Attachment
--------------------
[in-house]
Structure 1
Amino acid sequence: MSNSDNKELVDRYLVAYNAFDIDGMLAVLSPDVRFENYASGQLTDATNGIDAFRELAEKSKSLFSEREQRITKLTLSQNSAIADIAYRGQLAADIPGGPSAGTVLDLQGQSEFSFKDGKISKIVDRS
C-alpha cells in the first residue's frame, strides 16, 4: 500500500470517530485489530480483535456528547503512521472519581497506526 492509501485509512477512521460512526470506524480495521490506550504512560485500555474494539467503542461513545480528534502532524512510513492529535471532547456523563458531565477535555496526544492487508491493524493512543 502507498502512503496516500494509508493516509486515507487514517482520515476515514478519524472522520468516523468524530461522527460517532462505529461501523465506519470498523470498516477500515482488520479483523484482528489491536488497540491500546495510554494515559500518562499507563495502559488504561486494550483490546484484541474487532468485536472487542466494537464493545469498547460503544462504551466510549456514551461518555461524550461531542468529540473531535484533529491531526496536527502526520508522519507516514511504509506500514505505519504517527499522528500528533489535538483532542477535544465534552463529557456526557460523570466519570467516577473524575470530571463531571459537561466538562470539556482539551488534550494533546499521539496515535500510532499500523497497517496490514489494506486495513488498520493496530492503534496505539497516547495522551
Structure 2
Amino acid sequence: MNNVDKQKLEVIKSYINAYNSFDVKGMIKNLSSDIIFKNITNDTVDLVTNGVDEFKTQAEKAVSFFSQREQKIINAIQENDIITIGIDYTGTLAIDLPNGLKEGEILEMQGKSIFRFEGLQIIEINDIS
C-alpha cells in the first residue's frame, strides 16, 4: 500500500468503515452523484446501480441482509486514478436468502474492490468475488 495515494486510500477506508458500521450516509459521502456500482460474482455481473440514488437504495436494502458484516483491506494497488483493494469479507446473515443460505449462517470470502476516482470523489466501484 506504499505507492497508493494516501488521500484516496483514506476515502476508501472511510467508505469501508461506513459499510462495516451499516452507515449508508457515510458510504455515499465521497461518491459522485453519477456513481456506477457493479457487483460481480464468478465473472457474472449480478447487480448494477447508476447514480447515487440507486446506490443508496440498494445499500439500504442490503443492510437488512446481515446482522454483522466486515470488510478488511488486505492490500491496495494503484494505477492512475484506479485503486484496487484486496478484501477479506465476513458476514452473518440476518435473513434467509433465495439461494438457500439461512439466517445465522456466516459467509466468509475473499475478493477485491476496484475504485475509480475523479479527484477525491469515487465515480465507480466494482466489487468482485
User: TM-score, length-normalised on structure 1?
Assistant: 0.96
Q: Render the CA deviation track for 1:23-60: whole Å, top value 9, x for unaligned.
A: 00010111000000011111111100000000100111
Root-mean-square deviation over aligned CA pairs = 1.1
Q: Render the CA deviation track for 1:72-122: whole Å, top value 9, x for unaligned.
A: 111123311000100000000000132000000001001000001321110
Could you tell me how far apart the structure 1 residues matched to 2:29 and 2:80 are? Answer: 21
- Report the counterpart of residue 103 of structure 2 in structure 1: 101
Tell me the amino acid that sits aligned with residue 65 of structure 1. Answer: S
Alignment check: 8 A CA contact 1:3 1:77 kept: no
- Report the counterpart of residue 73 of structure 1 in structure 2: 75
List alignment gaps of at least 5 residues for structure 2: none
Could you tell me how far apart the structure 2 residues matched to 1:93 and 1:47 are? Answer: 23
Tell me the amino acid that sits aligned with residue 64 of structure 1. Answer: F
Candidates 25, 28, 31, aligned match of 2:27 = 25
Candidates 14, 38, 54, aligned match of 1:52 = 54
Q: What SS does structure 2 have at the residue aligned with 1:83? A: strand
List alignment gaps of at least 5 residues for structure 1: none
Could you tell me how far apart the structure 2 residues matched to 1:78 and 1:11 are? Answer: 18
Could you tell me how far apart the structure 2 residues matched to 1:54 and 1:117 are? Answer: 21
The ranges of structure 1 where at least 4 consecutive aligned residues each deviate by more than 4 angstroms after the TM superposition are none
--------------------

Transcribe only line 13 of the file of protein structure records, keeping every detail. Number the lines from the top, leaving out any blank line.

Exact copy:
Q: Render the CA deviation track for 1:72-122: whole Å, top value 9, x for unaligned.